Perspective

Yesterday, a couple of friends I’d been staying with for the week took me to a string of art galleries they scouted near their home in Oakland. One of our stops was to a gallery featuring paintings and sculpture work by Haitian artists, curated by an incredibly adorable French matriarch and her perceptually waspy daughter. All of the works in the gallery were described as naïve due to the work being produced by artists without formal training. One of the more-obvious characteristics beckoning this classification was the lack of perspective in the painted pieces.

In art, perspective is a term used to describe the degree to which the three-dimensional characteristics of an artwork reflect a subject’s actual appearance in reality. To have poor perspective, then, means a piece of art is lacking photorealism. As we stepped between canvases, the lack of perspective made me think about life and the importance of seeking out different perspectives on a regular basis.

Life, when viewed as a piece of art, can benefit greatly from change in perspective. Something as simple as leaving home for awhile—or getting caught up in conversation with folks from different walks of life—can help you to see other parts of your life that you forgot—or didn’t know—existed. When you live a certain way for extended periods, you start to identify that method of operation as “it” or the definitive normal. In changing your perspective, you realize that what you currently identify as the best way to live your life is just one of several options.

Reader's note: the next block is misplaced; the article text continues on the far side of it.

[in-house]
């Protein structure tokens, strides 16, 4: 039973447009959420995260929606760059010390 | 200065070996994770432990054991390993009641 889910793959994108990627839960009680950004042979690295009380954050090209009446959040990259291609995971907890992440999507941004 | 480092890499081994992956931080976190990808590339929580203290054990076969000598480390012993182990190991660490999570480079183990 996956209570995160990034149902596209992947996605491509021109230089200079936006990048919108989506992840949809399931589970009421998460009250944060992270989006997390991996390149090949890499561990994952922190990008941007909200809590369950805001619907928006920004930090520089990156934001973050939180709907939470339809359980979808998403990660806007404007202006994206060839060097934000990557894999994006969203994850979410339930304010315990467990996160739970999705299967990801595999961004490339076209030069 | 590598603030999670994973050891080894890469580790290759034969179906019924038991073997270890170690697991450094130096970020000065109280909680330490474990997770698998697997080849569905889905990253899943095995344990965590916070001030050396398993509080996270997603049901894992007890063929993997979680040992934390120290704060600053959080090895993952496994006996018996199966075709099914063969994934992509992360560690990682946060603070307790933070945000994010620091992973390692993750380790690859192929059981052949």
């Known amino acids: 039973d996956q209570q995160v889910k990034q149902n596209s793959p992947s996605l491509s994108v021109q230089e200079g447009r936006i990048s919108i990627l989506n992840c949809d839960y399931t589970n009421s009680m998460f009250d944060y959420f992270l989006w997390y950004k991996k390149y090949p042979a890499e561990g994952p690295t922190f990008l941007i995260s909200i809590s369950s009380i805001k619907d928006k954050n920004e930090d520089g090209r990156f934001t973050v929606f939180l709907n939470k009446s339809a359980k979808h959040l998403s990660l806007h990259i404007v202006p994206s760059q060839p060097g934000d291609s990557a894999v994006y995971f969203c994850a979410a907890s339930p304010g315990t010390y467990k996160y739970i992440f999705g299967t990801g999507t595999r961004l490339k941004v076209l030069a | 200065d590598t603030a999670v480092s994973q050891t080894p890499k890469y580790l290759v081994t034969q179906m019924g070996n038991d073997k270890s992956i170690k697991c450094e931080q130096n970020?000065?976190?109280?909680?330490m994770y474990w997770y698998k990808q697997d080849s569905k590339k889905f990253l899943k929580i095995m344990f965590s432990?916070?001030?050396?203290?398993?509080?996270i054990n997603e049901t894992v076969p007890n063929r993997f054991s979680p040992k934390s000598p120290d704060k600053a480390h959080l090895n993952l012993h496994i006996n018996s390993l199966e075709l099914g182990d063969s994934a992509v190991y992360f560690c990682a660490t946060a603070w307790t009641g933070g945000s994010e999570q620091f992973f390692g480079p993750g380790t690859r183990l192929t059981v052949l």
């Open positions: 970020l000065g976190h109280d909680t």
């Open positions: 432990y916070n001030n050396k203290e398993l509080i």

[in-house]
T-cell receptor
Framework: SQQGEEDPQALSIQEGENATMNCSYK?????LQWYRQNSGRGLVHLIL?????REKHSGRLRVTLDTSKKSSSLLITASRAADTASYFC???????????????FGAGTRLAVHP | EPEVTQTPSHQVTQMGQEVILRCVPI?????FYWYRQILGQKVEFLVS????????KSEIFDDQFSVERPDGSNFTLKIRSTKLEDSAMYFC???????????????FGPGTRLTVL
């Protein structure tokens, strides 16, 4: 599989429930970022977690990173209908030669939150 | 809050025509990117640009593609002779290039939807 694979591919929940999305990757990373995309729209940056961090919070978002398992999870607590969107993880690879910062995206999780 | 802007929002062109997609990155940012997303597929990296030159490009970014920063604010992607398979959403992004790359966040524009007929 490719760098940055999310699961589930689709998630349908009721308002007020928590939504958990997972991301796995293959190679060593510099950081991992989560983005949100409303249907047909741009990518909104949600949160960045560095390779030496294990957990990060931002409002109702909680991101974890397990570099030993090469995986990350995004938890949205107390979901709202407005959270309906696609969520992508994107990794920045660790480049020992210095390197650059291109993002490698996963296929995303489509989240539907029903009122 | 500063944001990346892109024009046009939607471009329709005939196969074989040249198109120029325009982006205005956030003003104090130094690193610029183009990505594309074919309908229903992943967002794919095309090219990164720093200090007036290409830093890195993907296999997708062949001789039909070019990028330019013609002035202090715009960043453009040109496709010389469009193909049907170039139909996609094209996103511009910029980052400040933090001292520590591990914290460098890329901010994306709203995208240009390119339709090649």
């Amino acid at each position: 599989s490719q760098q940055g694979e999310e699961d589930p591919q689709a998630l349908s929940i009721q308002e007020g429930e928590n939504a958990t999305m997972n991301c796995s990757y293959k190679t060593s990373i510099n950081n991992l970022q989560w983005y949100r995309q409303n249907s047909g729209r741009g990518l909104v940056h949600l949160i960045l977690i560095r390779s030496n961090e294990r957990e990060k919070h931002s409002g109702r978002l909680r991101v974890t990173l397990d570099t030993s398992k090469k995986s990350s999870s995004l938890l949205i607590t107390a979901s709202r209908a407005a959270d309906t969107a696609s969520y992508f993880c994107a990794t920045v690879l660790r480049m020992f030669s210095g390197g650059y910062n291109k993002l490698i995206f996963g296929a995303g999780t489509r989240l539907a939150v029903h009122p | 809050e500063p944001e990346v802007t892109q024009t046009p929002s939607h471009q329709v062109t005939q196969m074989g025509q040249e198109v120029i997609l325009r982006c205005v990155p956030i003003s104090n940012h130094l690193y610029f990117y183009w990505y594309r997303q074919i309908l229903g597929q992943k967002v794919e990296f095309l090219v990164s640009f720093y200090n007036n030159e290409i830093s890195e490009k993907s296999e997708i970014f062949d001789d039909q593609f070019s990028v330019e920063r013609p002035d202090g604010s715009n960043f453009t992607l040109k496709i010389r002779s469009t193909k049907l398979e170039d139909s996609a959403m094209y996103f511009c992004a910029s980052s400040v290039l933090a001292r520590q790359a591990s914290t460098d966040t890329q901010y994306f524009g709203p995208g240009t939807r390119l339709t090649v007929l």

Perspective is at first temporary, but because it represents another angle of the same thing can be moved toward and made more permanent. An artist can paint the same subject twice but change the perspective to give the work a different feel. Similarly, we can do the same with life. A conversation I found myself in mid-week brought up the idea of the reset. Though we don’t often realize it, if we have the gumption to do it, at any time we can switch from one track to another. That transition may not be easy or immediate, but it is possible. It all comes down to making a choice, coupled with the patience necessary to go from here to there.

To identify the best path forward, get out of your element however you see fit. Make a point to observe what others identify as normal and how that plays into your own desires. It may turn out that what you see isn’t what you want, or you may find that it’s a much better painting than your first attempt. What matters most is creating the opportunities necessary to see things from a different angle. Who knows, you may find yourself contemplating parenthood while sitting across from a strange Russian woman sneakily eating latkes, wishing her partner of three years would “just propose already.”